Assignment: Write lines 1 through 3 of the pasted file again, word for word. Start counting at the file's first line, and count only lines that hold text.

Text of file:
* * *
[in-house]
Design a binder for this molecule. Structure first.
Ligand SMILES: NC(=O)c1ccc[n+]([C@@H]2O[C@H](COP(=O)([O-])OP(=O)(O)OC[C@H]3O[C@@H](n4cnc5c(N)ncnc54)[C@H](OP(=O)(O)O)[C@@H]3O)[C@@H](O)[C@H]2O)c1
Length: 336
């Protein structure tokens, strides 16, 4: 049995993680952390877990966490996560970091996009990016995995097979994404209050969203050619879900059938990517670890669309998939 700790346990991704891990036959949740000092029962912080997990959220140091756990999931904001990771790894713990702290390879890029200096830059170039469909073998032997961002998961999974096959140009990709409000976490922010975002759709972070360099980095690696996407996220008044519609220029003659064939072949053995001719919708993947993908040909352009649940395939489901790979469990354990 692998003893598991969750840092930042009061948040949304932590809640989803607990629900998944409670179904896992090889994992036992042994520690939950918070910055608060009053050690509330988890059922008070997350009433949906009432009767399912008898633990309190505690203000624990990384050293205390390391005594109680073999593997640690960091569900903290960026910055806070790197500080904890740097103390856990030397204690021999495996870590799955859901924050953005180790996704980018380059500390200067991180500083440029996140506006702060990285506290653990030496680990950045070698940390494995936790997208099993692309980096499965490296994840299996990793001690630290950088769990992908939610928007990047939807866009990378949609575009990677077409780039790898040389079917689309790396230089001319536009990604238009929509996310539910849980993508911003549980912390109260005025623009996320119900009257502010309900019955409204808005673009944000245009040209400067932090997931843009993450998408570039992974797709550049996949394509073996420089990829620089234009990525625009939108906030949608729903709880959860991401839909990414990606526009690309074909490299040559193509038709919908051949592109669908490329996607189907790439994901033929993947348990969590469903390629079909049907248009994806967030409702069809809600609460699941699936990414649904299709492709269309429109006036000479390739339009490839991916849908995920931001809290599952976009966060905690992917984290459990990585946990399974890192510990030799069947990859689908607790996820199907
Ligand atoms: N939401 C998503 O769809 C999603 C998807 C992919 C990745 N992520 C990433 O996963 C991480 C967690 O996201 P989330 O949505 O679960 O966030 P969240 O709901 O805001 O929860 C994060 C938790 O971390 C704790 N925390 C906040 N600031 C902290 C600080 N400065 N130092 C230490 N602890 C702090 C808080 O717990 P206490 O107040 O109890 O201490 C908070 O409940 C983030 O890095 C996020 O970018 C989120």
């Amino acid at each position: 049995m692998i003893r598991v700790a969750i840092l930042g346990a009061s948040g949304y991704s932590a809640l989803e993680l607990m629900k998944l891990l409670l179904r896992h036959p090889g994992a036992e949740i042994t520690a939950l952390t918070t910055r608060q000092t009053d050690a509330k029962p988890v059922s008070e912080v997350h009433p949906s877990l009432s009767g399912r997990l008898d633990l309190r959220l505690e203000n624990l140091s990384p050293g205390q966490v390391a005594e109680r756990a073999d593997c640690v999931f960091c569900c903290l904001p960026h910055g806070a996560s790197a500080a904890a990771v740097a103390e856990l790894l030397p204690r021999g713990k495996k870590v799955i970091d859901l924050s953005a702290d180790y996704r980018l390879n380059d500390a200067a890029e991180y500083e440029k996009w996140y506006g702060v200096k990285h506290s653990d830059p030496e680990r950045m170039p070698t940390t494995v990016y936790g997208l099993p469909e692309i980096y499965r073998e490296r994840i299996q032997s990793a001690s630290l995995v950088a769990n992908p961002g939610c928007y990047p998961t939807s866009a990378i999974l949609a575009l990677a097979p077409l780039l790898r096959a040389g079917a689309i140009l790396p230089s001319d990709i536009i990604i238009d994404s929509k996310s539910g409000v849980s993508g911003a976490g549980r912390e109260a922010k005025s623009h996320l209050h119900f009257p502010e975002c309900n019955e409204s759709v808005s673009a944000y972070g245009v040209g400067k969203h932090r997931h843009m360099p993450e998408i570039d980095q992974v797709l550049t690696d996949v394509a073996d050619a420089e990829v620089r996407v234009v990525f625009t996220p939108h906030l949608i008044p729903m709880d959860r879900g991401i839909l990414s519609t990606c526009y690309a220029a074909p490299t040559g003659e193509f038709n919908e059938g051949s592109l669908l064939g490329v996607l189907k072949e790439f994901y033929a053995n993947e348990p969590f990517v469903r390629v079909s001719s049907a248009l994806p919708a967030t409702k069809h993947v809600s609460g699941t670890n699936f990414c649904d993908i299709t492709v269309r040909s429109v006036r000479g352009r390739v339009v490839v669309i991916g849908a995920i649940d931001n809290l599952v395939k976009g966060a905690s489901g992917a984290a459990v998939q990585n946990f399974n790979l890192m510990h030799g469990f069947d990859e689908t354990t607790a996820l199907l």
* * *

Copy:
[in-house]
Design a binder for this molecule. Structure first.
Ligand SMILES: NC(=O)c1ccc[n+]([C@@H]2O[C@H](COP(=O)([O-])OP(=O)(O)OC[C@H]3O[C@@H](n4cnc5c(N)ncnc54)[C@H](OP(=O)(O)O)[C@@H]3O)[C@@H](O)[C@H]2O)c1